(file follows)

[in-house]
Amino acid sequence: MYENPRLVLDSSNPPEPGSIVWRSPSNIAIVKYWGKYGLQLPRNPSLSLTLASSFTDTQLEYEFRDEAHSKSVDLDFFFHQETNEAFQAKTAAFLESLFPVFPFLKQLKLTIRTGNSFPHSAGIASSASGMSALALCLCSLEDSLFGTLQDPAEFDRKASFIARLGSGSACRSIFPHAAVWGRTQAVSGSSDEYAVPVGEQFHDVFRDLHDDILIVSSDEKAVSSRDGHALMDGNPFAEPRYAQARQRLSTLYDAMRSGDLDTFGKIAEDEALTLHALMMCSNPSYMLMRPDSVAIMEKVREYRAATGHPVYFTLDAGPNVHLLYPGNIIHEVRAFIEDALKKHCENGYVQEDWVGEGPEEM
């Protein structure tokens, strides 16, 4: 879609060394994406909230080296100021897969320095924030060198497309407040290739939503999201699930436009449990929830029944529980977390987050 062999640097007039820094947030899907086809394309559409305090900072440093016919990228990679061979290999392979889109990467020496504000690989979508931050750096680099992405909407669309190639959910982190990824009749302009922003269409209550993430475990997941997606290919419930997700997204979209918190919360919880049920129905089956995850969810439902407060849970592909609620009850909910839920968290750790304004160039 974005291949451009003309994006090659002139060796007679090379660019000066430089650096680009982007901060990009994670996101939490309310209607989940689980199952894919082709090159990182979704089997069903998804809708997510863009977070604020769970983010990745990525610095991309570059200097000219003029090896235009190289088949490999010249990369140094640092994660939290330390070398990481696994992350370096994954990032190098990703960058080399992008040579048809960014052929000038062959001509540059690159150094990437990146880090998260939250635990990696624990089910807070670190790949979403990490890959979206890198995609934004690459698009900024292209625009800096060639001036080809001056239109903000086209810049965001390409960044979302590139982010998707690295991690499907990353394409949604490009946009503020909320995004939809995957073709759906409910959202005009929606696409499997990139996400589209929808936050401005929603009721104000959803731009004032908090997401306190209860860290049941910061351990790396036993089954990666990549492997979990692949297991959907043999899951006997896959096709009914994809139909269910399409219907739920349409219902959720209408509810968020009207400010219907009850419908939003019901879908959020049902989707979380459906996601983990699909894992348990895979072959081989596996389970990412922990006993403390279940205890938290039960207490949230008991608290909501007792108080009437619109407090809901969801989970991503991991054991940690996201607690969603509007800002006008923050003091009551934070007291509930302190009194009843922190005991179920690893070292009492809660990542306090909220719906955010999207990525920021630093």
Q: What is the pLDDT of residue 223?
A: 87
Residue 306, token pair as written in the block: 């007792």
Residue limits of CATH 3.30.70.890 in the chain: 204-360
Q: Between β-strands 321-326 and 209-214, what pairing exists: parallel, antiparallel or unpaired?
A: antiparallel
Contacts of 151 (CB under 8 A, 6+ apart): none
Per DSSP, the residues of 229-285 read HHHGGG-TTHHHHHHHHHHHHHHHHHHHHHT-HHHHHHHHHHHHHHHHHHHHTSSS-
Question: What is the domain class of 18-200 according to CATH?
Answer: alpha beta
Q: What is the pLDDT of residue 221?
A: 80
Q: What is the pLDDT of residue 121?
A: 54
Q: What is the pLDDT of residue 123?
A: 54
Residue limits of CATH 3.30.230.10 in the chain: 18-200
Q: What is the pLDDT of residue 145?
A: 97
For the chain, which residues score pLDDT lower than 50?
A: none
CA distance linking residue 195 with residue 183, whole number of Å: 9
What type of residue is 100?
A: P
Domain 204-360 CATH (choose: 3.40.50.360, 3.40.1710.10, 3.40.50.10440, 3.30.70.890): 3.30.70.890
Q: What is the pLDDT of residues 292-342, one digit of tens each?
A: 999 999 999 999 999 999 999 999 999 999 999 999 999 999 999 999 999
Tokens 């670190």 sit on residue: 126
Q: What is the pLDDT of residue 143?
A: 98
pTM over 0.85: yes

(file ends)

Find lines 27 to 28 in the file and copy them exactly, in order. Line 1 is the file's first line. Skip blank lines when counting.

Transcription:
A: P
Domain 204-360 CATH (choose: 3.40.50.360, 3.40.1710.10, 3.40.50.10440, 3.30.70.890): 3.30.70.890